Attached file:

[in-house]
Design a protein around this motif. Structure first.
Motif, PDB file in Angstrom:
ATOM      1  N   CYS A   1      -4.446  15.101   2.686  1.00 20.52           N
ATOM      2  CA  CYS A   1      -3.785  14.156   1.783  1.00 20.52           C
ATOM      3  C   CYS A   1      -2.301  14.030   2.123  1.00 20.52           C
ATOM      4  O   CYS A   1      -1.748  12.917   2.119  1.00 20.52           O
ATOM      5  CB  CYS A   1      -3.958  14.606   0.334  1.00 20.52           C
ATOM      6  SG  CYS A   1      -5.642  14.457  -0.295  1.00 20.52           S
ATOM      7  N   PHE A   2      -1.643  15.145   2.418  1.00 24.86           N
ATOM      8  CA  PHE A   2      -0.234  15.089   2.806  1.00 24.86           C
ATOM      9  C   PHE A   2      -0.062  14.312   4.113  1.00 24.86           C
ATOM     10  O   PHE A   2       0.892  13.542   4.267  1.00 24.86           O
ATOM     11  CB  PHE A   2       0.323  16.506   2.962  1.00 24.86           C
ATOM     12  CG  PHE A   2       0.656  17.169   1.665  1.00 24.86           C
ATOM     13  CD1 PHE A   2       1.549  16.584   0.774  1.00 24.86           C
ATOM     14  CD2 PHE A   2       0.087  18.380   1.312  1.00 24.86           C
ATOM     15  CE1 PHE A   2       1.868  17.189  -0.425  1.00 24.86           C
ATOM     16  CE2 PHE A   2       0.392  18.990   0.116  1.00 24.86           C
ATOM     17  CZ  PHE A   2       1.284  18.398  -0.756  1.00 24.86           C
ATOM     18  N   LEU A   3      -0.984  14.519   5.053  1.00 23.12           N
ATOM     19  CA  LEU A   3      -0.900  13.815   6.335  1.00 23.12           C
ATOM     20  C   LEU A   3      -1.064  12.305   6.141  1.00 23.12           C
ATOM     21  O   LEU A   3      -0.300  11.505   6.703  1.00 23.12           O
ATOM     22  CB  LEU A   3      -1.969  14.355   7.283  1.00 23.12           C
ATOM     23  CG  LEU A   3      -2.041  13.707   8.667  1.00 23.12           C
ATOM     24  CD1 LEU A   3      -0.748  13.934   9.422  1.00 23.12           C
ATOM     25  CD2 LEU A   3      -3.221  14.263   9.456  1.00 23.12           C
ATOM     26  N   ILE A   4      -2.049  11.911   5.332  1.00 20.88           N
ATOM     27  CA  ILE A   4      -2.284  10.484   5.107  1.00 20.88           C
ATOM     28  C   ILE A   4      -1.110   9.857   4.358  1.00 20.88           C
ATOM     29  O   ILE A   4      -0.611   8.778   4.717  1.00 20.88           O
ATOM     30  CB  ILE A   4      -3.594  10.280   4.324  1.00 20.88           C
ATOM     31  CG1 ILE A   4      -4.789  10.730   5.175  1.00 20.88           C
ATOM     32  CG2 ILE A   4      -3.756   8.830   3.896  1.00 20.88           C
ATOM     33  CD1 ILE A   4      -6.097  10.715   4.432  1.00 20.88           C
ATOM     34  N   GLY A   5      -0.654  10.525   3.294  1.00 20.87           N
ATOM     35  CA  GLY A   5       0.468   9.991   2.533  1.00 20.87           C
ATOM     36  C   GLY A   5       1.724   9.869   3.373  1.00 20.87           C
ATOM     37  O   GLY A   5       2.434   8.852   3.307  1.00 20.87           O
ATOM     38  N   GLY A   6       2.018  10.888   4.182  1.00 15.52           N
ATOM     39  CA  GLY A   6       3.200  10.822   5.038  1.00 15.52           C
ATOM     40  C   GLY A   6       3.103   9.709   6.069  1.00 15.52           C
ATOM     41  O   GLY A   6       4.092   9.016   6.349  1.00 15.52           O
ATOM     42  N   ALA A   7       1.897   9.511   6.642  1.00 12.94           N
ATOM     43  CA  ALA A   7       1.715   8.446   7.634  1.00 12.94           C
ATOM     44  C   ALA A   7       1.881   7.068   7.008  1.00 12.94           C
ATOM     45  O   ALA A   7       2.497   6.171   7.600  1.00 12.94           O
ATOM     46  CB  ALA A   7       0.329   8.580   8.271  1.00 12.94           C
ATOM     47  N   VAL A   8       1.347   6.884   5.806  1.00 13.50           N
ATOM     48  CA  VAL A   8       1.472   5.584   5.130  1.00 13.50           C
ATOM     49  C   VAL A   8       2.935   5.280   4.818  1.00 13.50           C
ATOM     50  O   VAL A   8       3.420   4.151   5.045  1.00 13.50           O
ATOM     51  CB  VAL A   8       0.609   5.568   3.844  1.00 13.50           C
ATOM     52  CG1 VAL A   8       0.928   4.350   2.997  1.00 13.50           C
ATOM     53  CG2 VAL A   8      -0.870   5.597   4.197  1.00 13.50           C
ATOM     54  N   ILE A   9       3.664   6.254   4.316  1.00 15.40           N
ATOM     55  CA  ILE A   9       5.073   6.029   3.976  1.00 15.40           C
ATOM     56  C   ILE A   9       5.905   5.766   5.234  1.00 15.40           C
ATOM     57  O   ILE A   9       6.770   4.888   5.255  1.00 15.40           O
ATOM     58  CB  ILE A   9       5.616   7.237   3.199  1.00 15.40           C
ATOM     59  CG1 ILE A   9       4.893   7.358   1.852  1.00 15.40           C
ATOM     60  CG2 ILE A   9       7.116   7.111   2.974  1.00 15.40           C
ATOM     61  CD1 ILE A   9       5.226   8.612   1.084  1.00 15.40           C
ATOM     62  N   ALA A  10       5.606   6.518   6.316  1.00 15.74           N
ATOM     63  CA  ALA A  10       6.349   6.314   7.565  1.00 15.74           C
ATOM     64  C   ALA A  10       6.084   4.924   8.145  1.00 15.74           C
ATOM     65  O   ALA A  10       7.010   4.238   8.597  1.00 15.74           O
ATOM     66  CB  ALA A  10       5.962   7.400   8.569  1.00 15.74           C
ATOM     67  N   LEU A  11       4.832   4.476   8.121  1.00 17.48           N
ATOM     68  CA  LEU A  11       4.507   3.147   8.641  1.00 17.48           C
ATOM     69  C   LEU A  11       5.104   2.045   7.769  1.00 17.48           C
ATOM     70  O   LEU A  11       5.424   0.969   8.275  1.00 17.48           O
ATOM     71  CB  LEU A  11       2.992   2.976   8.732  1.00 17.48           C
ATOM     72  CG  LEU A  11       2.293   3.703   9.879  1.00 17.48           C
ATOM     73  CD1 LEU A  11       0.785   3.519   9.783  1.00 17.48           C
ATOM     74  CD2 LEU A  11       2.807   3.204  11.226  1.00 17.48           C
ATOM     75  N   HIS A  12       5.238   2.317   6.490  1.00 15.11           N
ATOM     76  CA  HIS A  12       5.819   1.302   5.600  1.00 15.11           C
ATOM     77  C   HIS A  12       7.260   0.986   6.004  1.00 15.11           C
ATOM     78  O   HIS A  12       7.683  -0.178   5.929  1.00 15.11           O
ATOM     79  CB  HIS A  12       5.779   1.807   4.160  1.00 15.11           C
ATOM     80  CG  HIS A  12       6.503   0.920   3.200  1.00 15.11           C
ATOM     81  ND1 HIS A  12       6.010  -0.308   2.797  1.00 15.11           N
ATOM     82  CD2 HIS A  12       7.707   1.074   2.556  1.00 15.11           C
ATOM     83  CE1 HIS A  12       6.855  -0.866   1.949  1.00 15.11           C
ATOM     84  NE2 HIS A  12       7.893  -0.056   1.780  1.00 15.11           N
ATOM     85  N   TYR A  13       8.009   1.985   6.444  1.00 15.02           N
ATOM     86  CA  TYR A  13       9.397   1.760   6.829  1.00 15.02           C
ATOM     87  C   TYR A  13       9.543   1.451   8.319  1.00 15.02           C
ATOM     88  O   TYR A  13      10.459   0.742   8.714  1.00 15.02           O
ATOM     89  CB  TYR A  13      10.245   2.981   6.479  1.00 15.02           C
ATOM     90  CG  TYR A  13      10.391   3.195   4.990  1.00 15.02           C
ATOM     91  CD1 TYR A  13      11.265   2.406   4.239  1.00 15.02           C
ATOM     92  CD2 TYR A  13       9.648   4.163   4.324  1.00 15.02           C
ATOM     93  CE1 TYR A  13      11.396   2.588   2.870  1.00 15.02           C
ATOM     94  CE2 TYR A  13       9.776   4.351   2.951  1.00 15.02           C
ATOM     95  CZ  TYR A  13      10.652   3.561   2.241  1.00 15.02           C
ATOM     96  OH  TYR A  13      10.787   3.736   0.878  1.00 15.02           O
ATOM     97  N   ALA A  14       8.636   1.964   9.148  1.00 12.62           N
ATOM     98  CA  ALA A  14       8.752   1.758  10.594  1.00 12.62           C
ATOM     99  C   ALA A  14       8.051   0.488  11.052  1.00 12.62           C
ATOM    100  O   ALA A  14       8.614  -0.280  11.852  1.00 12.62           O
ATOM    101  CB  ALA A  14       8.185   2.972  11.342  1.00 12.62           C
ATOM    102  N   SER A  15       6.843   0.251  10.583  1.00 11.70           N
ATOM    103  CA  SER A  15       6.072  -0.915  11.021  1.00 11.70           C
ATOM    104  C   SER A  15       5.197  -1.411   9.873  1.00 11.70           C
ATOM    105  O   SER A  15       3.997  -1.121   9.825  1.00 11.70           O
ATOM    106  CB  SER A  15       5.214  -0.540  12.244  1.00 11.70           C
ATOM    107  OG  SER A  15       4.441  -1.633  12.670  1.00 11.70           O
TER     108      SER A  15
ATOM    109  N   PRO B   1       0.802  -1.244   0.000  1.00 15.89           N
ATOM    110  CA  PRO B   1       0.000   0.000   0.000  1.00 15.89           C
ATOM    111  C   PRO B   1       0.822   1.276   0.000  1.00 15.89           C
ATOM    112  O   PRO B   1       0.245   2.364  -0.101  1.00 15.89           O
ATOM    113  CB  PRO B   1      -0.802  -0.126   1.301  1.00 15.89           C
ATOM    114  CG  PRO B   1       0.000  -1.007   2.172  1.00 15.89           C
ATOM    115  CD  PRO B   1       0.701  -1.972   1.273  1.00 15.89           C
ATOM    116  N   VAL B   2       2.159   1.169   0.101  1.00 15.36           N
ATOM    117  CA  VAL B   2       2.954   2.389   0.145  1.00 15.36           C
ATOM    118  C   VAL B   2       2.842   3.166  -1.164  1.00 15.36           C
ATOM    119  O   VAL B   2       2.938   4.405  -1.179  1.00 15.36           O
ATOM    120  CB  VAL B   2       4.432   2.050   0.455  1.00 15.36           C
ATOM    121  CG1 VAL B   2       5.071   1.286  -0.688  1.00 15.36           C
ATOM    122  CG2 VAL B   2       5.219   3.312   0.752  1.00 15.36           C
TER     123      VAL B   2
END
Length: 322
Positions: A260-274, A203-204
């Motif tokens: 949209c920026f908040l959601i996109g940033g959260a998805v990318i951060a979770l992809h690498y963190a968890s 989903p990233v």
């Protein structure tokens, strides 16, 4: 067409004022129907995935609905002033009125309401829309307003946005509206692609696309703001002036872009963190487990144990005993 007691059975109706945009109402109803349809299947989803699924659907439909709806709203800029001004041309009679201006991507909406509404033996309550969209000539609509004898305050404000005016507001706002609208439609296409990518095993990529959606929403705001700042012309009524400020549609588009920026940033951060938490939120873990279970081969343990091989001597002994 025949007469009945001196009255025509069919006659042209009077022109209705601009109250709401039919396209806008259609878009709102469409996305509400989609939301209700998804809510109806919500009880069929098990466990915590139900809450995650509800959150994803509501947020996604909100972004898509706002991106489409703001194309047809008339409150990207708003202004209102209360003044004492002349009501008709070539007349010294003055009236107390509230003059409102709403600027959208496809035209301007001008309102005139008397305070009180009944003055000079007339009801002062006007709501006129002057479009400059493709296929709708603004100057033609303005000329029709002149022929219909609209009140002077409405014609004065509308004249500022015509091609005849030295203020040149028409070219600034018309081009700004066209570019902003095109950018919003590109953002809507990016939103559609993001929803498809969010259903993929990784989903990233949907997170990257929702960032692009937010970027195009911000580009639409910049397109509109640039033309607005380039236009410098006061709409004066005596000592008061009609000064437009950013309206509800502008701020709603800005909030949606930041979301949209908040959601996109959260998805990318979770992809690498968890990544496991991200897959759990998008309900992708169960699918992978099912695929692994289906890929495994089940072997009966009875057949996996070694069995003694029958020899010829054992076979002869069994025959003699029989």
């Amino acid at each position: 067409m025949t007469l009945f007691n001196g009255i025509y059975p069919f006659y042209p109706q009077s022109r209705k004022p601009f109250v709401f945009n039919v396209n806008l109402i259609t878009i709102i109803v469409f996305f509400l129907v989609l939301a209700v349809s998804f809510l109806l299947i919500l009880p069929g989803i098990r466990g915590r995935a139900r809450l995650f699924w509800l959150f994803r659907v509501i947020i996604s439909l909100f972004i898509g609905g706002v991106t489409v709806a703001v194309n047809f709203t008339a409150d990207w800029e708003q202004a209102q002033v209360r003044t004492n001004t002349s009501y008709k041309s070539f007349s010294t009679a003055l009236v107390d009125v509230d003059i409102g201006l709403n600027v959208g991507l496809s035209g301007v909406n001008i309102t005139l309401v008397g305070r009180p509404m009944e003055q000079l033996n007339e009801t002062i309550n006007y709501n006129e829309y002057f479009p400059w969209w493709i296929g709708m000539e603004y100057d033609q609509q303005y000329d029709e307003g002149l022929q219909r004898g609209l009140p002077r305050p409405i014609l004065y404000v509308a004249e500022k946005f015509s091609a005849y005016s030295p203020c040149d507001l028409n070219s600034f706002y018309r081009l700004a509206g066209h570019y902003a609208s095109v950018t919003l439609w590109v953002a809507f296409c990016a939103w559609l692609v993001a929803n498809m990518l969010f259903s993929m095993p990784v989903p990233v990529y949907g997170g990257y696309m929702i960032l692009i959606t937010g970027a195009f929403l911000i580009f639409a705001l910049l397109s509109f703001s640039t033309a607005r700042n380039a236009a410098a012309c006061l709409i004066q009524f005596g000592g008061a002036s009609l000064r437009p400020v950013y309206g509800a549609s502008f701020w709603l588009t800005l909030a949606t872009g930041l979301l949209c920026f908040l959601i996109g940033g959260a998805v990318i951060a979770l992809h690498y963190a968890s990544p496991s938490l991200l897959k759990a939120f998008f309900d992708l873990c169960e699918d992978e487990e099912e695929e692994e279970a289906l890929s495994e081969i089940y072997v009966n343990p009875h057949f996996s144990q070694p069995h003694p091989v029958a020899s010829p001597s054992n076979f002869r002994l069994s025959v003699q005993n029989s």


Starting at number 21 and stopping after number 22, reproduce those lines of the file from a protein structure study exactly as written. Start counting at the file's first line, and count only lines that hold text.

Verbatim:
ATOM     18  N   LEU A   3      -0.984  14.519   5.053  1.00 23.12           N
ATOM     19  CA  LEU A   3      -0.900  13.815   6.335  1.00 23.12           C